MSF: European policies guilty of making the refugees crisis worse

19 January Jan 2016 1411 19 January 2016

The report "Obstacle Course to Europe" released today by Médecins Sans Frontières, blames Europe for turning its back on refugees as its focus shifted from a humanitarian to a security-driven response.

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The report "Obstacle Course to Europe" released today by Médecins Sans Frontières, blames Europe for turning its back on refugees as its focus shifted from a humanitarian to a security-driven response.

It is the Eu migration policy, stupid. That what MSF claims. In the report "Obstacle course to Europe, a policy- made humanitarian crisis at Eu borders" the medical humanitarian organization denounced the European Union’s catastrophic failure to respond to the humanitarian needs of refugees, asylum seekers and migrants in Europe in 2015.
Through the testimonies of MSF staff and patients, as well as medical data collected over the course of 2015, the report details the humanitarian consequences of Europe’s actions and explains how Europe’s walls forced MSF and other humanitarian organisations to radically scale up activities at the entry points of Europe. Never before has MSF had so many medical and humanitarian activities and staff in Europe, never before has MSF decided to mobilize search and rescue ships to save lives at sea.

Not only did the European Union and European governments collectively fail to address the crisis, but their focus on policies of deterrence along with their chaotic response to the humanitarian needs of those who flee actively worsened the conditions of thousands of vulnerable men, women and children.

Brice de le Vingne, Director of Operations for MSF

The report describes the obstacles the EU and European governments placed in the way of more than one million people, most of them fleeing war and persecution from not providing any alternative to a deadly sea crossing, to erecting razor wire fences and continuously changing administrative and registration procedures to committing acts of violence at sea and at land borders; and providing completely inadequate reception conditions in Italy and Greece, Europe has done an atrocious job. Having conducted more than 100,000 medical and mental health consultations, MSF collected a dramatic and representative overview of the consequences of these obstacles on people’s health, both mental and physical.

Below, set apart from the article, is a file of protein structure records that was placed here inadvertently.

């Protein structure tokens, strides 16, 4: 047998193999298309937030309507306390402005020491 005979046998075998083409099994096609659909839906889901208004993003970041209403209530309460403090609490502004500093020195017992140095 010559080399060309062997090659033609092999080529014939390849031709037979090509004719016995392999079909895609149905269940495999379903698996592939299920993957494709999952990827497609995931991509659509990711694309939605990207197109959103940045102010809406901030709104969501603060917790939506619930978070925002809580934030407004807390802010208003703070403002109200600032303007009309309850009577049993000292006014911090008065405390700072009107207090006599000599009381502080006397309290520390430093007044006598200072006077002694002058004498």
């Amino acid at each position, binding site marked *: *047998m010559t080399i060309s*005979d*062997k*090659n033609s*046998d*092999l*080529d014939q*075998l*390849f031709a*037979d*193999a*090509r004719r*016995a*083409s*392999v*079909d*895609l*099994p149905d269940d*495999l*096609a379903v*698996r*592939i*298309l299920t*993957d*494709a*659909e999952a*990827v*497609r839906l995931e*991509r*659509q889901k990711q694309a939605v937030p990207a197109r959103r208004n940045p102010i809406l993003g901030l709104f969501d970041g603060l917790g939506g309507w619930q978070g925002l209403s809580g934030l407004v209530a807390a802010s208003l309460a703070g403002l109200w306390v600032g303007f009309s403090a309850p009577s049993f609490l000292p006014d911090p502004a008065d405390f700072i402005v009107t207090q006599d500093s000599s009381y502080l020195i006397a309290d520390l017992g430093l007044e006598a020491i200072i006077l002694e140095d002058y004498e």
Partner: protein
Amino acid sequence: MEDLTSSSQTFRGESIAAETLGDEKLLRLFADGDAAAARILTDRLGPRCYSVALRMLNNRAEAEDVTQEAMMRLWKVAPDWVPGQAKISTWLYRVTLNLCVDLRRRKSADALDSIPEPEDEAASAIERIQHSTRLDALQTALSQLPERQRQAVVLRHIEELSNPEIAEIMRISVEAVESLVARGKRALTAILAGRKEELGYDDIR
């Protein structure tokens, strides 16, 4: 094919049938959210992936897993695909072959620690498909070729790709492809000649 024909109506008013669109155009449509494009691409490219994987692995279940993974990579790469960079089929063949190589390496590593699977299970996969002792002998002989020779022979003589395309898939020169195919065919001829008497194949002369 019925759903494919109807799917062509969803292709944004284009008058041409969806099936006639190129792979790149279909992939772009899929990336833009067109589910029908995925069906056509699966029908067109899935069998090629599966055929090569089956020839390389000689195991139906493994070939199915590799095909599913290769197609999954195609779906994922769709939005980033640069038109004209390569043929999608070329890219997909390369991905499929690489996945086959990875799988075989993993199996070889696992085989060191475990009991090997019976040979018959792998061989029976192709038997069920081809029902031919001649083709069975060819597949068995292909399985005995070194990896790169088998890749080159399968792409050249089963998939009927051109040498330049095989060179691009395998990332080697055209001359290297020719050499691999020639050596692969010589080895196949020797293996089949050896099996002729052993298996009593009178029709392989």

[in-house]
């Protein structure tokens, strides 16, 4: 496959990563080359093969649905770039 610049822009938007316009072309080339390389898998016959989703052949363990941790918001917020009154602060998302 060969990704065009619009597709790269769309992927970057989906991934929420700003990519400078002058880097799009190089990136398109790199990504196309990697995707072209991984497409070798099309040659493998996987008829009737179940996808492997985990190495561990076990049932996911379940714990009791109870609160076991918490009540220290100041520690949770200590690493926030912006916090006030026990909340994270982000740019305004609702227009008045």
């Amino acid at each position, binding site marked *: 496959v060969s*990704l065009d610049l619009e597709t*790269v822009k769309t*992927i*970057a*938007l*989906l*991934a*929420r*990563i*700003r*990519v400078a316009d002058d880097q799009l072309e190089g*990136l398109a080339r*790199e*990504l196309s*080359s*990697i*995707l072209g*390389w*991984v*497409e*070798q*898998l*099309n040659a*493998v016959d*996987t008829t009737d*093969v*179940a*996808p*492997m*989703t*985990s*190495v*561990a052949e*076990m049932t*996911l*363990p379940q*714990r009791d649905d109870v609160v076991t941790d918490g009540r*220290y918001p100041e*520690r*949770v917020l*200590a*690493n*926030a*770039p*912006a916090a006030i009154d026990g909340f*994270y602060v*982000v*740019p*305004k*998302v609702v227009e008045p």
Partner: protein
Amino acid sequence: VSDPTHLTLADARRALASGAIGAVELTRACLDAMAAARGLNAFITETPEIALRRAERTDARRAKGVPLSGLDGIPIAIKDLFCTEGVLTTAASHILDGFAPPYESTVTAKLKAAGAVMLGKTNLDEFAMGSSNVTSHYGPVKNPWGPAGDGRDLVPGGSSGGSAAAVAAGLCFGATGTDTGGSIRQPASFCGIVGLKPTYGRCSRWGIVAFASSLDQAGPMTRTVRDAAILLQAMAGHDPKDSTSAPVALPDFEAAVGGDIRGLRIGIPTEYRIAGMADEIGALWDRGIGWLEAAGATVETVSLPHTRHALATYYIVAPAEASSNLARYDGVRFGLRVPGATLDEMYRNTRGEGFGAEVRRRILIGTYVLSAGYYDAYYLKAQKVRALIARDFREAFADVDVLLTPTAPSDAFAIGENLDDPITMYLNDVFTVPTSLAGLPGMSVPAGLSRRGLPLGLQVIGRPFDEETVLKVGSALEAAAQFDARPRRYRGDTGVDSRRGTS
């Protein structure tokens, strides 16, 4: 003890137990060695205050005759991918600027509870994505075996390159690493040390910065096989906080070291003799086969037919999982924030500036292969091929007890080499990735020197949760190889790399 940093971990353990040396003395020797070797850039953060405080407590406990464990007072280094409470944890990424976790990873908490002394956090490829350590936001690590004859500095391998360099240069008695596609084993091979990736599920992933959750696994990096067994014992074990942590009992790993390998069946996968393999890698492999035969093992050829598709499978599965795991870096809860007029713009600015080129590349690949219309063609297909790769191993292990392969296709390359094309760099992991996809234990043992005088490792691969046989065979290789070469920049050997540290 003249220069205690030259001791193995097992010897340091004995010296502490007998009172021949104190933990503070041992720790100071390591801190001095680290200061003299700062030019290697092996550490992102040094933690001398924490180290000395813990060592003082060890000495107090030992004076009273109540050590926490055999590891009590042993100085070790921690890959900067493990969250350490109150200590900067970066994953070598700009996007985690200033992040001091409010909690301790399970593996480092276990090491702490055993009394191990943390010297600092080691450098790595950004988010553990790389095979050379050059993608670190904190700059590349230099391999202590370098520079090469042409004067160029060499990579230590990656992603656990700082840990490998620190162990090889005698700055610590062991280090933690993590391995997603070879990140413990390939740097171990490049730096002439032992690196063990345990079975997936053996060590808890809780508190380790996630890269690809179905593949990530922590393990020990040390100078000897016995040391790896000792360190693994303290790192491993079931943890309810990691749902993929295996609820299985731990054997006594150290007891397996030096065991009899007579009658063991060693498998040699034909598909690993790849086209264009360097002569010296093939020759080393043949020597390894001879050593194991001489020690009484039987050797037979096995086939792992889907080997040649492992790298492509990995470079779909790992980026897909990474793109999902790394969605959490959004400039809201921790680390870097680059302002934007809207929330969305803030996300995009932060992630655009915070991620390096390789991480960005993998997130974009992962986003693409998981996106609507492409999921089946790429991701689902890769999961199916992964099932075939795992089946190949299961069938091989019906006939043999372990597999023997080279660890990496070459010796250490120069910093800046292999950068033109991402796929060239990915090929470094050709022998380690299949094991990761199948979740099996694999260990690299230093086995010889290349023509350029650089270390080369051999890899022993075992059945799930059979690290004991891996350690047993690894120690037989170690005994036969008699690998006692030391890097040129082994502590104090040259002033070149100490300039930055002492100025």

“It may be a new year but we know that people will continue to risk their lives and no restrictive policy will stop them from seeking a better future for themselves and their families. We continue to call for a safe passage and urge Europe to stop playing with people’s lives and dignity,” says Aurelie Ponthieu, MSF’s Humanitarian Advisor on Displacement.


According to th report, the situation at Europe’s borders in 2015 has cast a spotlight on a number of highly inconvenient facts that European governments have been trying to ignore for years:

• Closing borders does not stop people moving, it simply shifts their routes;

• Deterrence policies have direct detrimental humanitarian and medical impact;

• Increasing humanitarian aid to camps in Lebanon, turkey or Jordan, even if urgently needed does not absolve Eu member states of their responsibilities to receive, assist and protect refugees within eU territory; and it will not stop people seeking safety in europe for complex reasons.

Therefore,according to MSF, the Eu and European states are strongly urged to:

• Swiftly provide safe and legal channels for people seeking asylum, in particular allowing asylum seekers to apply for asylum at external land borders, including the Evros land border between Turkey and Greece. This also includes making wider use of legal entry schemes, such as (for example) family reunification, humanitarian visas, simplified visa requirements, resettlement and relocation.

• Create legal migration pathways to decrease the demand for irregular migration and smuggling networks.

• Create an ambitious search and rescue mechanism to save lives at sea. This operation should proactively search for boats in distress as close to departure points as possible and should be accompanied by pre-identified disembarkation points where humane disembarkation procedures, including adequate reception conditions, medical care and vulnerability assessments, are in place.

• Invest in reception according to EU standards instead of deterrence measures only. Europe must move away from a fortress approach to a reception approach designed to address the needs and specific vulnerabilities of people arriving at its borders, in particular their medical and mental health needs.

• In the absence of a functioning common European asylum system, invest more ambitiously in intra-EU relocation schemes and the creation of safe passage through the EU.

• Put an end to acts of violence and abuse from state authorities and criminal groups.


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